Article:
S. Sudan gov’t charged to implement price controls as Mapel residents decry high cost of living
Despite the recent advances made by the South Sudanese Pound (SSP) against the US dollar, people of Mapel town in Jur River County in Western Bahr el Ghazal State are concerned about the high price of staple goods.
Several locals indicated the cost of living remains high for them in a Radio Tamazuj story seen by NCMP.
Despite a decline in the dollar rate across the country, nothing has been cut, according to Angelina Ading, a tea seller in Mapel town.
“I am a tea dealer in Mapel town, and the cost of life has been constant. Although the value of the dollar has decreased, the cost of items in Mapel remains unchanged. “A kilo of sugar costs 500 SSP, a kilo of flour costs 1000 SSP, and a kilo of beef costs 1,500 SSP, and the prices have not changed,” Ading remarked. “My message to the government, if it hears me, is that the price of things should be cut since people are suffering.”
Since the dollar rate has dropped, another resident, Joseph Ungom, believes the government should work hard to regulate the cost of commodities in the markets.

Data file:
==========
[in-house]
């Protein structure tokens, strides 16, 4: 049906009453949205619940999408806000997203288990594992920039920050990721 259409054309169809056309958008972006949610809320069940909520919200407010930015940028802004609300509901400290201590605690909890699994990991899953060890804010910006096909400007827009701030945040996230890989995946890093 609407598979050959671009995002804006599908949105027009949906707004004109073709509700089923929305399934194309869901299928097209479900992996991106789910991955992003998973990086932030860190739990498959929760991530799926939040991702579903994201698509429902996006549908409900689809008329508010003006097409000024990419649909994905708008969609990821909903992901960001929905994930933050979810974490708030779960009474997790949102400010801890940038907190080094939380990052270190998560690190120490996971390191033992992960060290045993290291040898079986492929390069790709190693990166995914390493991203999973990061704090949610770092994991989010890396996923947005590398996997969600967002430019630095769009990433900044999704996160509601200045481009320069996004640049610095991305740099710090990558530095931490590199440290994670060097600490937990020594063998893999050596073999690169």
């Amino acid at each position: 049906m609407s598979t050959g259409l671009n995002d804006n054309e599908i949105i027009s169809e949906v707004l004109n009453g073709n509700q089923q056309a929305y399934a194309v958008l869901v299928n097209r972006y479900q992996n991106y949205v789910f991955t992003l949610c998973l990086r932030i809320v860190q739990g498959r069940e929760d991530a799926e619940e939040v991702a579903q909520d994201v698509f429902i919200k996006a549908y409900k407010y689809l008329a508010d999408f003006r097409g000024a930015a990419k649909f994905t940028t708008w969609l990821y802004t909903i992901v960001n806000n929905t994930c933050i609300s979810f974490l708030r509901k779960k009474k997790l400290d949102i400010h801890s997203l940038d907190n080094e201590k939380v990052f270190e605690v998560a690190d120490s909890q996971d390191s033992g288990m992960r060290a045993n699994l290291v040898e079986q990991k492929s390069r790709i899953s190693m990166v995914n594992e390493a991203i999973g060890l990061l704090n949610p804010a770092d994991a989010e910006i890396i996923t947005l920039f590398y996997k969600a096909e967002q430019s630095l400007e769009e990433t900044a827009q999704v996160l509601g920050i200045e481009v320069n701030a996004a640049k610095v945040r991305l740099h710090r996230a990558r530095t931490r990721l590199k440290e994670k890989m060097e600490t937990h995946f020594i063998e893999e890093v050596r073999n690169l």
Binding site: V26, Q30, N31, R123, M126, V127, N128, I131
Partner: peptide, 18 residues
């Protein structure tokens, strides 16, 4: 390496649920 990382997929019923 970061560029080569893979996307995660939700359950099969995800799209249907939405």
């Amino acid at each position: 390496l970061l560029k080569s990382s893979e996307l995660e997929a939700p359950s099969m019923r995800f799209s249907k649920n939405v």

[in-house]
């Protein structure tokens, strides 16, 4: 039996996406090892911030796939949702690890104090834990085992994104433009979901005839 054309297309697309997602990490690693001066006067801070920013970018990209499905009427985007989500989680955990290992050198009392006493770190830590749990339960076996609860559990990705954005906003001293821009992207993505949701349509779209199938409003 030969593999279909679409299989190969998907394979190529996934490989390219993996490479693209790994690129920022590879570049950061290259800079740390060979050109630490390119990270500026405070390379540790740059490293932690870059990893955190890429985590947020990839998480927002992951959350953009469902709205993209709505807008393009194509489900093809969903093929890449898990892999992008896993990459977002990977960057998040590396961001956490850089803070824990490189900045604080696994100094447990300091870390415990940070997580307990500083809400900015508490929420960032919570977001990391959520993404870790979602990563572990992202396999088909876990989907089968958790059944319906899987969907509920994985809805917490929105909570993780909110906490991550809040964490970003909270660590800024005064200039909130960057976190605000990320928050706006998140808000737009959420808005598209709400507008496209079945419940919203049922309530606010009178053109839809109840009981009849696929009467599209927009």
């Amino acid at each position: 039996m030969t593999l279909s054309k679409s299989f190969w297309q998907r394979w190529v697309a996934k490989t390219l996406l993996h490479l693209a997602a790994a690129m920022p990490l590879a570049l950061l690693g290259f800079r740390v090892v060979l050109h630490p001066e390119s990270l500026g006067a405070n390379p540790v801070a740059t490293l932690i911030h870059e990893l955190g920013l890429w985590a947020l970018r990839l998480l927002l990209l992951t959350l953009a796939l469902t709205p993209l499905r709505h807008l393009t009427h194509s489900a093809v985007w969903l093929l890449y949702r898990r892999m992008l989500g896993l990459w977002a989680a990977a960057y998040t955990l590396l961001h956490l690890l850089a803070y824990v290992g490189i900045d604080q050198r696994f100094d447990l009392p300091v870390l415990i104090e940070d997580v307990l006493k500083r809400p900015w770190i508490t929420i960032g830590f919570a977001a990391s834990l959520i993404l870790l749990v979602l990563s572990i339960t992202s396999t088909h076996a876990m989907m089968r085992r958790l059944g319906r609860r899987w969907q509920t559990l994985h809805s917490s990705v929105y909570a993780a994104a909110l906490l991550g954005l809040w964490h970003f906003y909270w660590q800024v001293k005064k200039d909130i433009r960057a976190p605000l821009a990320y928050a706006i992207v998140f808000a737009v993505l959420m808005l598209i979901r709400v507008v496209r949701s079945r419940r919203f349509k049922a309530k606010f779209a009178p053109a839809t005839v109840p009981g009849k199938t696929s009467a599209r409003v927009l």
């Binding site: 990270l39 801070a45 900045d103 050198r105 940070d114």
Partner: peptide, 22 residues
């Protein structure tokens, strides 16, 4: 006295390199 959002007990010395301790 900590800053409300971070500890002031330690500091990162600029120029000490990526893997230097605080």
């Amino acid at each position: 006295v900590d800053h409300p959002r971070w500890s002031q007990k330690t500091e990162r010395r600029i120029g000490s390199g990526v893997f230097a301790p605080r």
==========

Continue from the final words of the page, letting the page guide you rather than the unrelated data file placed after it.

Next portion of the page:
“Because the government has not taken any steps to regulate the marketplaces, ordinary village residents become victims because they cannot afford. A government official’s pay of 1,500 SSP is comparable to one kilo of meat in the market, and this (salary) is sometimes paid after six months. It isn’t even consistent, so living is difficult; many people in the area rely on leaves (vegetables),” Ungom explained.
Thomas Bol Mawiel, the chairperson of the Mapel town traders’ chamber, admitted the high price of food commodities in the town, but claimed it was due to the goods being purchased when the dollar rate was still high.
“The market problem is a dollar one; the dollar has plummeted, and Mapel traders are losing money. These are the items (stock) they delivered in April. The population of Mapel is small, and products take two to three months to arrive; the goods we have were delivered in April. “The price of dura has not decreased, but I am hopeful that all prices will decrease in the near future,” Mawiel remarked.
Meanwhile, Mapel’s Payam administrator, William Deng Piem, has pledged to meet with the traders provided he receives an order from the county commissioner.
“Be patient with us. We will meet down with the traders as an administration because other food commodities that are not imported from outside should be reduced,” Piem stated.